The Future Was Now

In the summer of 1988, my parents bought a Chevy Suburban and drove our whole family down to Walt Disney World (the only time we ever went). My dad worked for GM at the time and so when we got to the Epcot Center, we got to cut in line to the now closed, World of Motion ride. It was a view of the future. Or should I say, a view of a possible future – one that mostly hasn’t happened – but that’s not what this post is about.

Rebecca Murphey, a JavaScript engineer at Bocoup, wrote in her blog about how her dad bought one of the first personal computers:

“In 1982, Timex came out with the Timex Sinclair TS-1000…the computer, a few times thicker than the original iPad but with about the same footprint, cost $99.95.”

My dad bought one too and I remember having to hook it up to a special data tape player/recorder that acted as the ‘hard drive’. It’s what loaded and recorded changes to programs that displayed on the screen. I remember piecing the parts together and waiting for it to appear on the black and white television screen. We could load BASIC and type in commands, but we didn’t do much more than that. This post isn’t really about my early exposure to technology, it’s more about the man who exposed me to it.

While we didn’t have humanoid robots in our kitchen, we had dishwashers who washed our dishes for us – and a furnace that detected a sudden change in temperature and automatically adjusted accordingly. My dad grew up in a house with no running water. He took a bath in a metal tub in the middle of the kitchen next to the fire-burning stove. He used a Sears catalog for toilet paper in the outhouse out back – yet he was the only person in his class to build an automobile from spare parts.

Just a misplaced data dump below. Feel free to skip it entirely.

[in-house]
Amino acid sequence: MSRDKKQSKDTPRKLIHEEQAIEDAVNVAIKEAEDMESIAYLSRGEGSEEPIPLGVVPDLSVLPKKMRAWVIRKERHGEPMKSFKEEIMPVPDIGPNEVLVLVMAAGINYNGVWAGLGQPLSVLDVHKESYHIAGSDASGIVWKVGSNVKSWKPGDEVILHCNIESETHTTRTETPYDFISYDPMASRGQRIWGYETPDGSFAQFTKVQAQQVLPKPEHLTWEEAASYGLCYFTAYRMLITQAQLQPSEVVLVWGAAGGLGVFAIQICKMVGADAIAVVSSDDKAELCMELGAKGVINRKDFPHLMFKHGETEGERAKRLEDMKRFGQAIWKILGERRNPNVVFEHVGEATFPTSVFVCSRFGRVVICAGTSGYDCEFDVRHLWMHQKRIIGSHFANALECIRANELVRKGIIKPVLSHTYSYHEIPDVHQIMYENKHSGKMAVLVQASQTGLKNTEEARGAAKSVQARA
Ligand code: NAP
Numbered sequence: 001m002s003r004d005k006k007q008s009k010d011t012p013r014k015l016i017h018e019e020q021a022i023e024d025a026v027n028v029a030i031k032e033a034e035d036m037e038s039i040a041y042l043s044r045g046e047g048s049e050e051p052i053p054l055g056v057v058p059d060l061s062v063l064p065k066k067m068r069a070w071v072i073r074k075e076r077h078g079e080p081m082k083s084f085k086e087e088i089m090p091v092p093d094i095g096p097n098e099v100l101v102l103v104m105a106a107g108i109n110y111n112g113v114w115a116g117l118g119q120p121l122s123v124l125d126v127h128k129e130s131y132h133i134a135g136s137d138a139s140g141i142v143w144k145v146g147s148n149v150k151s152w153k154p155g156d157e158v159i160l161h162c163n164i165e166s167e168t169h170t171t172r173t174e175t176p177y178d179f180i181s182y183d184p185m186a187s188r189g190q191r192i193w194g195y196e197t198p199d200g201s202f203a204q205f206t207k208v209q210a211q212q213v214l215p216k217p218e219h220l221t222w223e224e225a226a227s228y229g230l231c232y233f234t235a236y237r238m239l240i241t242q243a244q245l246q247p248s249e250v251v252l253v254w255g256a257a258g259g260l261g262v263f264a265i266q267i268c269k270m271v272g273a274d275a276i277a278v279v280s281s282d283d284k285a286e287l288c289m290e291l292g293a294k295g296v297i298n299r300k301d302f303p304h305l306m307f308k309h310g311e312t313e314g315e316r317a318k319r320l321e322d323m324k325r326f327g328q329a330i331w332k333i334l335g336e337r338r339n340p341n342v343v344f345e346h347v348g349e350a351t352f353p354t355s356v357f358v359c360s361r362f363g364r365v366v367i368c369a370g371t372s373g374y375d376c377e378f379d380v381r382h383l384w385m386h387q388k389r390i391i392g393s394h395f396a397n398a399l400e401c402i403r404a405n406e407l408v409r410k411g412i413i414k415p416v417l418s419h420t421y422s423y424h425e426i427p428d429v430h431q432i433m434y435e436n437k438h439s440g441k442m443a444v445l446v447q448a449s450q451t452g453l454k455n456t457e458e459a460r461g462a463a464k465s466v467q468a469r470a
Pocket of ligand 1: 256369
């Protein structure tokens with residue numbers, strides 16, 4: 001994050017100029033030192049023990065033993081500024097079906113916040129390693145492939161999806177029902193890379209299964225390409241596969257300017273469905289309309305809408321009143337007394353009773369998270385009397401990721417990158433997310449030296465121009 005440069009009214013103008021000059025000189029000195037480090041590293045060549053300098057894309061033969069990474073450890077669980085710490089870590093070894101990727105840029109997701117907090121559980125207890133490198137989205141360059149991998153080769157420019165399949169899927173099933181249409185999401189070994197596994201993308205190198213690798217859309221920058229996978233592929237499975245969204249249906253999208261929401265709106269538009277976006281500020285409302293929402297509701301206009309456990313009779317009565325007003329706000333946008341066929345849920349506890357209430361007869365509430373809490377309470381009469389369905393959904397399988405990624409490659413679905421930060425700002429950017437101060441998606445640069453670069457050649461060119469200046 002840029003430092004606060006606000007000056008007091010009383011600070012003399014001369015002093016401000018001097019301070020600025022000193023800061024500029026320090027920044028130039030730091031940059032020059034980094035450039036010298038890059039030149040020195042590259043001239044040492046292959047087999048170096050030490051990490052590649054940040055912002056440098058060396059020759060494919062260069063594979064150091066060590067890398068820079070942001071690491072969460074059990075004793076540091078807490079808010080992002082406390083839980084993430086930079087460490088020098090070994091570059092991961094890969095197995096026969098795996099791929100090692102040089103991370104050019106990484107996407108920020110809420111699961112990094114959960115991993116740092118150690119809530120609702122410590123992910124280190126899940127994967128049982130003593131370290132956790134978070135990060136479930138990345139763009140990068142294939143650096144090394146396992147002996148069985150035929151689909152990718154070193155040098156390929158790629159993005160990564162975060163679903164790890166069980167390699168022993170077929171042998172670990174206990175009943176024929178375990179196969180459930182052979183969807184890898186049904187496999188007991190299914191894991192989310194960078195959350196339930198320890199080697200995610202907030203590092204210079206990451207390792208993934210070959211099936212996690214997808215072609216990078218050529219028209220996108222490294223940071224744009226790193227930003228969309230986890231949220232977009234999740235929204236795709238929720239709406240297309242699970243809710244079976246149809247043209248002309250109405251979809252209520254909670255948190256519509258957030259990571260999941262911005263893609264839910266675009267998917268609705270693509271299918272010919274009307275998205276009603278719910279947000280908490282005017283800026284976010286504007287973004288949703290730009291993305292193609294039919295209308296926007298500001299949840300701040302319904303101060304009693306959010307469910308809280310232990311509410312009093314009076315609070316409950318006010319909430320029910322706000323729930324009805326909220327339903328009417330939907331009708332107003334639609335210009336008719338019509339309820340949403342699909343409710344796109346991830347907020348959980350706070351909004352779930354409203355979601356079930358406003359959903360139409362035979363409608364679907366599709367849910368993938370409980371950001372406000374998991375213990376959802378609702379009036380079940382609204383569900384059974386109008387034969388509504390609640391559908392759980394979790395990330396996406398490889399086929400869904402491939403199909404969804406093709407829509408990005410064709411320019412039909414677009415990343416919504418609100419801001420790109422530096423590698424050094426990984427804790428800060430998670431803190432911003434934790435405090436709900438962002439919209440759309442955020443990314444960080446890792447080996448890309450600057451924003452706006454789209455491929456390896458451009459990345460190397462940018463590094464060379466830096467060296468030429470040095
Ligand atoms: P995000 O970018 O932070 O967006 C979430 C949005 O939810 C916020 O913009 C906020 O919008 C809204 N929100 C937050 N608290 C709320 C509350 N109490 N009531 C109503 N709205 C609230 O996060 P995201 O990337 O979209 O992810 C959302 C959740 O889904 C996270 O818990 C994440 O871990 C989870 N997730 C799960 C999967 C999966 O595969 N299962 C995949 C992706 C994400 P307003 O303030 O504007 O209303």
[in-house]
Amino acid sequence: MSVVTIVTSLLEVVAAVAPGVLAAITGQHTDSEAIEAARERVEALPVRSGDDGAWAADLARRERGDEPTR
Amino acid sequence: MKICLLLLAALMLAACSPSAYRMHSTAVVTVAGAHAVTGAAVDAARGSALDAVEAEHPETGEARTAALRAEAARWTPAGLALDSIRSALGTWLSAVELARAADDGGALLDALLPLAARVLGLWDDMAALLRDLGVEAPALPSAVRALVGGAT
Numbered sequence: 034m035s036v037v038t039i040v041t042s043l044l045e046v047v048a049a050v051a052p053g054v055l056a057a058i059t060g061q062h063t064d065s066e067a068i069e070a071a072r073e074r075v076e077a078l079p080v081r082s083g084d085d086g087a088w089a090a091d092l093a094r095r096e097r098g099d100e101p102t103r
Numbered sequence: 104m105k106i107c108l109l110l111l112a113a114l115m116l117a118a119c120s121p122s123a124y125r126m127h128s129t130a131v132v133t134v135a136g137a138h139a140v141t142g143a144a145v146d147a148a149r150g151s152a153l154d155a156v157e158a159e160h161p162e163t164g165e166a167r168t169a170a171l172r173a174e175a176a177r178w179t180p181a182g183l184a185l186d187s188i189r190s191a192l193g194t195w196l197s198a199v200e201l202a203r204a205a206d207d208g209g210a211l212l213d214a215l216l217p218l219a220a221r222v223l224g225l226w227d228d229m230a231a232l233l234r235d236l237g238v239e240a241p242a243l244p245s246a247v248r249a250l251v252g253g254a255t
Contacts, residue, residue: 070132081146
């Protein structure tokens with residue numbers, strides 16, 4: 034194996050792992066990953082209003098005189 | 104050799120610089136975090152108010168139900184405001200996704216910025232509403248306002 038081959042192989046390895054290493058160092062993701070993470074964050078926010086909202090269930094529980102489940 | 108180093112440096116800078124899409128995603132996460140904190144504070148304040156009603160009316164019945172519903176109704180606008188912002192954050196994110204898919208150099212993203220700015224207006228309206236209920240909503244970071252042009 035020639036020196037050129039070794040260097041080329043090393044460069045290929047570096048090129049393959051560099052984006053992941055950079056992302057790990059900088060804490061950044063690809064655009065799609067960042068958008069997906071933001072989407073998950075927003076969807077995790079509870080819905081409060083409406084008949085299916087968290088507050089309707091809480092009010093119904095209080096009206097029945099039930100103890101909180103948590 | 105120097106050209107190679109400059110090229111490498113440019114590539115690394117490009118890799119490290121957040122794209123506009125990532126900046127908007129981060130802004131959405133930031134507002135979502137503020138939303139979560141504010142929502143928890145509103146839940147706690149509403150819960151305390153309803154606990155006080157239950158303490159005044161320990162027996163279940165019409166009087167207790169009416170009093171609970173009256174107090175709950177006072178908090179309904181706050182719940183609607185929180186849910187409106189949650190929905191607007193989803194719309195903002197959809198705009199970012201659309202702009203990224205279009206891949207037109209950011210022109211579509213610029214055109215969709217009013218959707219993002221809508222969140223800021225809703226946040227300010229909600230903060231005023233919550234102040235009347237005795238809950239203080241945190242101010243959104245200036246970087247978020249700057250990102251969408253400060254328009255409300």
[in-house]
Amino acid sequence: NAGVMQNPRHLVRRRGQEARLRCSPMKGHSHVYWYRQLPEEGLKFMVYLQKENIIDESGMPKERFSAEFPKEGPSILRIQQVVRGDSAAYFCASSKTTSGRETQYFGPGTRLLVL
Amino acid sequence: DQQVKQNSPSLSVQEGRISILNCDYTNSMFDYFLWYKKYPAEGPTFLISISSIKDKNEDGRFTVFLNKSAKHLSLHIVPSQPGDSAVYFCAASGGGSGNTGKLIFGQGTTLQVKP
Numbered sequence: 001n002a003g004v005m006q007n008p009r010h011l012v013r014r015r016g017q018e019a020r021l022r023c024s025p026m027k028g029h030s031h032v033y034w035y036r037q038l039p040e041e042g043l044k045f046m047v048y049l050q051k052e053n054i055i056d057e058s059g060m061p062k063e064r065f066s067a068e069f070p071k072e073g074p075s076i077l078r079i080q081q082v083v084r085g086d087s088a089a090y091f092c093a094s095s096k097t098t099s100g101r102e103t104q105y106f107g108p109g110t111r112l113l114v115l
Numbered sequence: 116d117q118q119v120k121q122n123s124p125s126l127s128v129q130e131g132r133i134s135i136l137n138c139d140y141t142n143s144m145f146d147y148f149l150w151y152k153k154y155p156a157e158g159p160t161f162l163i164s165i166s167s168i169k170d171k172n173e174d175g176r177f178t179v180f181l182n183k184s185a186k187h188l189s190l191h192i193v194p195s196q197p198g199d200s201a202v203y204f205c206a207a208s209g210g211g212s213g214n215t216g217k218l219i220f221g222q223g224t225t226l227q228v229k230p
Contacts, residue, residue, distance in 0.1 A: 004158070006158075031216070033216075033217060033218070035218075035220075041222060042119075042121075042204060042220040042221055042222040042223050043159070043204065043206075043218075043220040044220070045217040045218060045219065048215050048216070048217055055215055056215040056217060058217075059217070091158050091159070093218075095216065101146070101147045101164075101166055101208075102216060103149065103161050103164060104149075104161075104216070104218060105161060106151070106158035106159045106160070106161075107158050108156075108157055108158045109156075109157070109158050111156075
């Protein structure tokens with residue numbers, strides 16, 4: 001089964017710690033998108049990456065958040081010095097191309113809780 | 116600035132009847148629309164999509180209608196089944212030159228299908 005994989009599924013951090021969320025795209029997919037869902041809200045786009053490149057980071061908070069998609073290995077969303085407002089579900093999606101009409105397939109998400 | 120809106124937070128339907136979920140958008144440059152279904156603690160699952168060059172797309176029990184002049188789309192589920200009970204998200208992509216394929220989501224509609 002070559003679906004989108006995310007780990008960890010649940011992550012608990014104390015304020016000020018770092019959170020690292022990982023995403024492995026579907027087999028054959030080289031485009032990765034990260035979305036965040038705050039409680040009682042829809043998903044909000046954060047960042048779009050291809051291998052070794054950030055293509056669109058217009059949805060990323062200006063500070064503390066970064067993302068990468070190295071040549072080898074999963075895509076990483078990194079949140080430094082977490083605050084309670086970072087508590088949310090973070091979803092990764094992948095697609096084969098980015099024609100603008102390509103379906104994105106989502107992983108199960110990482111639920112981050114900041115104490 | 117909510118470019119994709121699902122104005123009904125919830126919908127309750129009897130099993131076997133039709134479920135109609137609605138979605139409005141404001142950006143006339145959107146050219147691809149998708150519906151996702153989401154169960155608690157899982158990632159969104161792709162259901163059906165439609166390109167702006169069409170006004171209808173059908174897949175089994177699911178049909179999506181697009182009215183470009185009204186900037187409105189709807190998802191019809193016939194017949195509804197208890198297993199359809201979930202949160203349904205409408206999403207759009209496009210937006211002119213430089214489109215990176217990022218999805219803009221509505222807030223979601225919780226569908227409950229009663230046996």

Silly Robot

I can only imagine my son re-discovering a vehicle from today, trying to understand this “hard app” (car radio) he found. What is it like growing up with a computer in every room and in every pocket? What is it like to always be on the Internet, always knowing where everyone is and what everyone is doing? What is it like to have your entire childhood documented in status messages, online galleries, and Youtube channels? When I went to high school, we weren’t even allowed to carry beepers.

I can only imagine how no running water, building your own car, learning how to program, and buying one of the first personal computers can shape the way you teach your children about technology. And I can only imagine how growing up with Timex Sinclair TS-1000’s, Atari 2600’s, Nintendo NES’, Windows 3.1, Netscape, Winsock, Windows 95, Nokia Cellphones, College Club, Myspace, and finally Facebook can change how I teach my children about technology. I worry that technology enables too much using and not enough doing. That’s part of what this blog is about – giving back to what I’ve learned from the Internet – and my dad.

Comment (2)

  • Robby Slaughter| May 6, 2012

    From the Why Johnny Can’t Code to Tinkerer’s Sunset, this is such a fascinating theme. The world has changed and we must change with it.

    Will the next generation have the ability to discover and explore, or will technology and the law make creativity obsolete?

    • administrator| May 8, 2012

      Interesting question, Robby. I’ve heard grumblings about how copyright law stifles innovation. I don’t know where I stand on that. I know I feel like I need to start learning more code or face becoming obsolete.

  • Leave a Reply

    Your email address will not be published. Required fields are marked *